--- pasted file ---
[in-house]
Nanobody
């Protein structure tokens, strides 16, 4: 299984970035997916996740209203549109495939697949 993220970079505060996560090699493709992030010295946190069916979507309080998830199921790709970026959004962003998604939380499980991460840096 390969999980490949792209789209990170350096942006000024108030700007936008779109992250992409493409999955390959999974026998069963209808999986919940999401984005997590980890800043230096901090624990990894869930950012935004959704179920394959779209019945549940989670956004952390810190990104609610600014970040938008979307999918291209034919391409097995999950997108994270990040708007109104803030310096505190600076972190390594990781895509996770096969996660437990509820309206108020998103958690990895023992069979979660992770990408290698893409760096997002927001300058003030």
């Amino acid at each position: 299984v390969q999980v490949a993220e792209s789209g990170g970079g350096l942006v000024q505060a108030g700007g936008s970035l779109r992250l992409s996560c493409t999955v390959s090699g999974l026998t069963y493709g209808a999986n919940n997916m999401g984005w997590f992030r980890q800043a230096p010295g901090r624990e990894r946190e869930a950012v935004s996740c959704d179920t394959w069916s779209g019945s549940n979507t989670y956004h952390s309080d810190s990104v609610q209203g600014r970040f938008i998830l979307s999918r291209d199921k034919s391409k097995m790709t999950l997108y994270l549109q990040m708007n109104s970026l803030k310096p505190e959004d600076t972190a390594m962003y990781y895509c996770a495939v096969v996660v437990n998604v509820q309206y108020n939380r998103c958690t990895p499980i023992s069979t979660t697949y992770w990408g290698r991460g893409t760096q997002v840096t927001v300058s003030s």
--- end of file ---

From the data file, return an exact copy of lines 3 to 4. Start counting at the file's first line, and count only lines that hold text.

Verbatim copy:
């Protein structure tokens, strides 16, 4: 299984970035997916996740209203549109495939697949 993220970079505060996560090699493709992030010295946190069916979507309080998830199921790709970026959004962003998604939380499980991460840096 390969999980490949792209789209990170350096942006000024108030700007936008779109992250992409493409999955390959999974026998069963209808999986919940999401984005997590980890800043230096901090624990990894869930950012935004959704179920394959779209019945549940989670956004952390810190990104609610600014970040938008979307999918291209034919391409097995999950997108994270990040708007109104803030310096505190600076972190390594990781895509996770096969996660437990509820309206108020998103958690990895023992069979979660992770990408290698893409760096997002927001300058003030």
């Amino acid at each position: 299984v390969q999980v490949a993220e792209s789209g990170g970079g350096l942006v000024q505060a108030g700007g936008s970035l779109r992250l992409s996560c493409t999955v390959s090699g999974l026998t069963y493709g209808a999986n919940n997916m999401g984005w997590f992030r980890q800043a230096p010295g901090r624990e990894r946190e869930a950012v935004s996740c959704d179920t394959w069916s779209g019945s549940n979507t989670y956004h952390s309080d810190s990104v609610q209203g600014r970040f938008i998830l979307s999918r291209d199921k034919s391409k097995m790709t999950l997108y994270l549109q990040m708007n109104s970026l803030k310096p505190e959004d600076t972190a390594m962003y990781y895509c996770a495939v096969v996660v437990n998604v509820q309206y108020n939380r998103c958690t990895p499980i023992s069979t979660t697949y992770w990408g290698r991460g893409t760096q997002v840096t927001v300058s003030s």